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As society gets more high-tech, so do the thieves of personal information
By Alexia Elejalde-Ruiz
Published August 18 2008
America is having an identity crisis. Literally.
More than 8 million people each year discover that someone is operating as their alter ego. Armed with their Social Security number, birth date, mother’s maiden name and any other information they can get their hands on, these identity thieves open credit card accounts, apply for jobs and get car or student loans under their victims’ names.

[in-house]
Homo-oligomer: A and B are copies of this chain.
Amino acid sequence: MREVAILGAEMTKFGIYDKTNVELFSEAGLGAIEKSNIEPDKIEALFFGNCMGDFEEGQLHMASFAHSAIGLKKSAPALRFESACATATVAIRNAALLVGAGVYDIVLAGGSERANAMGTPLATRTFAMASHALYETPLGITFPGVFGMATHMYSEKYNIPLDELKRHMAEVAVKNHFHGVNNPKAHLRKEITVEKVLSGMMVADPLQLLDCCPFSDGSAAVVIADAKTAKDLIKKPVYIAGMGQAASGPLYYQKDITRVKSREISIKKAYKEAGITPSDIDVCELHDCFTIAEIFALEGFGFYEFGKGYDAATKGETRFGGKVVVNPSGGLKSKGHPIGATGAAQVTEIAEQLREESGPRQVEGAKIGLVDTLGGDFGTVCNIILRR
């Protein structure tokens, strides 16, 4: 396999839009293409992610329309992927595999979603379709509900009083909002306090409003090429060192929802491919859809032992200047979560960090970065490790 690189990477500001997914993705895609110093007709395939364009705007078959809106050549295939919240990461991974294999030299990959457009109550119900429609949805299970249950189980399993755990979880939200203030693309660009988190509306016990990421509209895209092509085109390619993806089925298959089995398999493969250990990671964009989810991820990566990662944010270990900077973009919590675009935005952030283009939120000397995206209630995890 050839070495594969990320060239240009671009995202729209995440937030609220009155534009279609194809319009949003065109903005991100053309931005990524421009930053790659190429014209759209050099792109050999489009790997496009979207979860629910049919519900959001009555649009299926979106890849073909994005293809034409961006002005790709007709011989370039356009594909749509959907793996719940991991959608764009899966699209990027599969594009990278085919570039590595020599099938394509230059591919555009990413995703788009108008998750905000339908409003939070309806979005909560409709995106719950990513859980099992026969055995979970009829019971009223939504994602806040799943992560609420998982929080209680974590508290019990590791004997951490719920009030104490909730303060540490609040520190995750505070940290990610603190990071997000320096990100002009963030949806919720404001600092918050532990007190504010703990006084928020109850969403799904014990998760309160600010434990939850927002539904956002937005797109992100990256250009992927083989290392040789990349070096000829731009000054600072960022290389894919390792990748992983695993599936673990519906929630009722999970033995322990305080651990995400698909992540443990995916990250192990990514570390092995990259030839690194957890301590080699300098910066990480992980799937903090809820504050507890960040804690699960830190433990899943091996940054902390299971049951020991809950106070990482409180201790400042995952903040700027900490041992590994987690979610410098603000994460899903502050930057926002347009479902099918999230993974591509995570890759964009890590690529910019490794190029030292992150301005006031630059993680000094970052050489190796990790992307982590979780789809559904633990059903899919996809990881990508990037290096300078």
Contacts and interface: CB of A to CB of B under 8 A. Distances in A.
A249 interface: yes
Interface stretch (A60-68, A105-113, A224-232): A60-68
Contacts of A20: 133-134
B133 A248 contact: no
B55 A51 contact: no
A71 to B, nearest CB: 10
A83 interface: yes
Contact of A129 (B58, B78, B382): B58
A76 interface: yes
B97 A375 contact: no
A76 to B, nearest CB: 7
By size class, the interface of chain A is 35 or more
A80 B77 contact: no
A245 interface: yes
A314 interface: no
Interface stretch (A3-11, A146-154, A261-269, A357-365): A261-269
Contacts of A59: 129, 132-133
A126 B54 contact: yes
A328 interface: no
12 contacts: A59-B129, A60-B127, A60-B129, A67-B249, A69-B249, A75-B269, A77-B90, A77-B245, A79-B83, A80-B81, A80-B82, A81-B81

Though the prevalence has dropped since 2003, when almost 10 million people reported being victims, identity theft continues to run rampant. And as society gets more high-tech, so do the thieves.
Earlier this month, authorities charged 11 people in the theft and sale of more than 41 million credit and debit card numbers that the suspects allegedly obtained by hacking into the wireless computer networks of retailers including TJ Maxx, Marshalls, OfficeMax, Boston Market, Barnes & Noble, Sports Authority, Forever 21 and DSW. It’s believed to be the largest federal hacking and identity theft case ever.